Then there is the theory of stage lighting, which states that blue is used to convey moonlight, coldness, calm or serenity in theatrical performances. What else does stage lighting tell us?

  • Red : anger, fear, jealousy, evil
  • Yellow : bright or happy
  • Orange : awakening, intimate, warm
  • Violet : royal, cheerful, playful
  • Green : nature, growth, healing, money

Adventure night owls will say that red light is the least harmful to your eyes, so they use red filters on flashlights to maintain optimal vision. Therefore, you can try changing the motion-activated night lighting rules to red. This idea may be a myth, although simply lowering the intensity of the light is probably just as good.

If you are designing with multi-color lighting fixtures, you should also look into theories such as free colors and harmonies.

The fact is that there is no right answer to this question and we probably all react differently depending on our own psychological profile and cultural upbringing so you have to experiment to find what works for you. My own opinion, if you care: Watching TV or using a computer right before bed is stupid, no matter what kind of light it emits. Reading on my phone or iPad using white text on a black background is a surefire way to fall asleep within half an hour.

Luckily, colored LED lighting allows you to experiment with ease. Install one RGB lamp in your bedroom as a night light, try out different colors and see what will help you relax and fall asleep faster. You could even connect a sleep tracking gadget or app if you want to be truly scientific.

DIY connected lights

Instead of changing existing lamps, consider adding notification-enabled accent lighting. They would be ideally placed in a darkened corner or niche so that they are visible even during the day. Here are some ideas to get you started.

bottle lights

Use a glass cutting bit to cut a hole in the bottom of several bottles of white wine and then insert some short strips of networked RGB LEDs. Apply glass frosting to diffuse the light and you have some eye-catching light notifications. Here’s an alternate design that doesn’t require drilling as it’s suspended from above, but the effect is similar.

decorative mushrooms

Perhaps not to everyone’s taste, but an interesting project that can be easily adapted to provide useful notifications using IFTTT. This Tutorial will show you how to make your own Enchanted Mushroom Light. Combined with this tutorial, turn them into web-controlled RGB notification lights using our favorite WiFi-enabled development board, the ESP8266 NodeMCU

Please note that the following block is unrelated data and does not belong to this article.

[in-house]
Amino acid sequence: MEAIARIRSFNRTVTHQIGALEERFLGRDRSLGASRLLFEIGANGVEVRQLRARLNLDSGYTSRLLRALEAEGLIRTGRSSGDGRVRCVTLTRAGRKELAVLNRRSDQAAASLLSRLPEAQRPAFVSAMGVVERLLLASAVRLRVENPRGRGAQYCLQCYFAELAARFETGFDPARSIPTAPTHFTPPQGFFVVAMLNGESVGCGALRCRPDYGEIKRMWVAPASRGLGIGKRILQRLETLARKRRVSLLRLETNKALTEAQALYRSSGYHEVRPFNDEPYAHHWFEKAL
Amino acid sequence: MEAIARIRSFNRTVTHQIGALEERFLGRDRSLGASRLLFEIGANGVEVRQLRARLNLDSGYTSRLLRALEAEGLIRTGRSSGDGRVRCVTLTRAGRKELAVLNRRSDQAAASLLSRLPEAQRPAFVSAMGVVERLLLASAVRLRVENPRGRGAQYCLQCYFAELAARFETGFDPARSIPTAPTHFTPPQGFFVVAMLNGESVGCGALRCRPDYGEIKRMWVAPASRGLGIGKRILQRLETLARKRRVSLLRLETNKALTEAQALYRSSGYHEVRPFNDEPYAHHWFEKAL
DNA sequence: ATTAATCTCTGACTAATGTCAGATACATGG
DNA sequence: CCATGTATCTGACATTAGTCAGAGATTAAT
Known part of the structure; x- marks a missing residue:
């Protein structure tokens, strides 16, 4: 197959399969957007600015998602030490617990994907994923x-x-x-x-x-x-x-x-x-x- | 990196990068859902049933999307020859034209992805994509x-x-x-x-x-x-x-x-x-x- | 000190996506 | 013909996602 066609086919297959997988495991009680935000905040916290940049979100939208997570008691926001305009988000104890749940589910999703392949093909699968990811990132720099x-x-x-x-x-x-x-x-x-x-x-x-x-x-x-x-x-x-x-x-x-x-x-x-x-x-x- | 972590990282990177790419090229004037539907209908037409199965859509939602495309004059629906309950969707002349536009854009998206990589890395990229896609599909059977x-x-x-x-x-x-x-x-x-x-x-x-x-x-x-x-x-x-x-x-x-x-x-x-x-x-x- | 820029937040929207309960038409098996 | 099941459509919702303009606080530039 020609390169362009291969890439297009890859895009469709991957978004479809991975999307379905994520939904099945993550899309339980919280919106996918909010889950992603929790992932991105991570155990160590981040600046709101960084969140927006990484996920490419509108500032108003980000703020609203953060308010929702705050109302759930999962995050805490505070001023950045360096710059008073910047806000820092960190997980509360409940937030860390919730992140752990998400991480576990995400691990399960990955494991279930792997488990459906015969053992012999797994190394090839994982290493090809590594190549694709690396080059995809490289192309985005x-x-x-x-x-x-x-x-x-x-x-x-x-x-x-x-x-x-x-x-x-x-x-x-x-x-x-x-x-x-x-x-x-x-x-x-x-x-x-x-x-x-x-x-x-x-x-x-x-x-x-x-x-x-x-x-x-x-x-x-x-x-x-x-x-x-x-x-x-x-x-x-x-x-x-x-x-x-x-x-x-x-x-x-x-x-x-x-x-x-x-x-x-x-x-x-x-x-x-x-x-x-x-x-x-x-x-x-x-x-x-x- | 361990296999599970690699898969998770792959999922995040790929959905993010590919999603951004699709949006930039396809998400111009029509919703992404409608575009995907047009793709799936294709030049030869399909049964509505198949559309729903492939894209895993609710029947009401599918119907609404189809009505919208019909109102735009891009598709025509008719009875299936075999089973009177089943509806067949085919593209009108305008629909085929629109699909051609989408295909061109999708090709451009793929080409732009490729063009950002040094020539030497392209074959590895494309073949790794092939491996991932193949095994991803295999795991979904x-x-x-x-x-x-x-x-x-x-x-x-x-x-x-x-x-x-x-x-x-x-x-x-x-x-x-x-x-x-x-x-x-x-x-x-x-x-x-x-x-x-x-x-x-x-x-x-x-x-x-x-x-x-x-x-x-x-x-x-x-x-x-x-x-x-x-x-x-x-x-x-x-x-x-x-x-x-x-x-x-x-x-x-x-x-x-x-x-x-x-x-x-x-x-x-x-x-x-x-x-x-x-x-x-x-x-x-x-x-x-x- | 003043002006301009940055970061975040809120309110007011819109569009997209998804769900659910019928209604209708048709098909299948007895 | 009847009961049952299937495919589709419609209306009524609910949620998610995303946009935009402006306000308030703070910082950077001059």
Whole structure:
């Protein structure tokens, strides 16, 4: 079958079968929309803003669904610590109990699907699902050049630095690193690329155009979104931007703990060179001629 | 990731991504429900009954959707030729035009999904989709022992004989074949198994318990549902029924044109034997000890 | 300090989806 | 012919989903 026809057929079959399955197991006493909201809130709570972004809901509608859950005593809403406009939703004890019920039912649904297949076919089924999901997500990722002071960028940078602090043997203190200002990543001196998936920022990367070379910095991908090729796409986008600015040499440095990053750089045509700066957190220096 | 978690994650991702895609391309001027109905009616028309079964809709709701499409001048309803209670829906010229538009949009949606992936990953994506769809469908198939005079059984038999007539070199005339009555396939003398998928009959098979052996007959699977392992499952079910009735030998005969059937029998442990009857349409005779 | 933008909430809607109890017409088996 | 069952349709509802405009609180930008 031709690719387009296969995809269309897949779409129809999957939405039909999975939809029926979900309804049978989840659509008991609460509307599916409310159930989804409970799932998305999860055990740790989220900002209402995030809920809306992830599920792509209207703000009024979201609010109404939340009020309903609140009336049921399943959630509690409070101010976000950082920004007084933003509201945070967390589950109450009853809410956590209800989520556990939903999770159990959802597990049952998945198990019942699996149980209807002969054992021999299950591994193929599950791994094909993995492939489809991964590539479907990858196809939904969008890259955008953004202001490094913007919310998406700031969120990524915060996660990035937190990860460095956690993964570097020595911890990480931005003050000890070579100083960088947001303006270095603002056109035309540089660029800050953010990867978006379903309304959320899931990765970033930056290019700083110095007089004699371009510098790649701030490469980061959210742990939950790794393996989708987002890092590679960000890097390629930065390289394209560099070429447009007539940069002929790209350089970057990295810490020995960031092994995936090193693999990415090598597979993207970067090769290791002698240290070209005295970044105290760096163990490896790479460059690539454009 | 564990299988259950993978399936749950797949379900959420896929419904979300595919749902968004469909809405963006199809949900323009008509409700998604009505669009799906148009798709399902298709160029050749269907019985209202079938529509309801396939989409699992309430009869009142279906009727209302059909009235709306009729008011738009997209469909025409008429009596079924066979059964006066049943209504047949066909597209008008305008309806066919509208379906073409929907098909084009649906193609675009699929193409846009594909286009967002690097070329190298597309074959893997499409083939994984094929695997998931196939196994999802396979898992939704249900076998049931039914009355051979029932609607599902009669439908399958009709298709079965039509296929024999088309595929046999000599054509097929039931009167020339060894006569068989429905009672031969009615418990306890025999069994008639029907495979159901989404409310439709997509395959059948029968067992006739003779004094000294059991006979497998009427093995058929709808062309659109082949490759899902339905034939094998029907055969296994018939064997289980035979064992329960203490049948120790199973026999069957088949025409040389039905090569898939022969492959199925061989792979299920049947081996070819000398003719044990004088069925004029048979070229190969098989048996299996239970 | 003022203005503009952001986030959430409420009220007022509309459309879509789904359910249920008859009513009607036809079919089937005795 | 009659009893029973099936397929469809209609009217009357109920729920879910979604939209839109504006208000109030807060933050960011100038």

3D wall lights

Marvel releases a line of 3D wall lights, my favorite of which is the Thor Hammer, which emits a nice blue light. Of course, you should be able to open one and install your little color-changing light bulb, though I can’t find anyone that does that yet.

Build LED Table

If you have some basic woodworking skills, you should be able to pick up a simple dining or coffee table. Instead of a wooden top, use a piece of tempered frosted glass and line the underside with RGB LED strips. Just imagine how relaxed it will be to receive Facebook or Gmail notifications in the middle of lunch when the whole table is pulsing red. Um.

If your woodworking skills aren’t quite up to scratch (or none at all), grab an Ikea glass top coffee table and simply spritz the icing on the bottom of the glass.

DIY cloud lamp

Here is one of the ones I made earlier. : A fluffy cloud lamp powered by a band of individually controlled WS2812B pixels. In my code, it has many modes, including sound-responsive, but there’s no reason why you can’t adapt it using the web interface. It makes a stunning centerpiece in any room, and around 200 LEDs can really light up a place.

If you are a social junkie, there really is no limit to the number of lighting fixtures in your home that may be adapted to notify you of new messages. Check out this smart lighting article. for IFTTT ideas and recipes to connect everything.

What is your new approach to using smart home lighting? Do you use any smart lights as notifications? Or do you use color theory to help you sleep better? Let us know about it in the comments!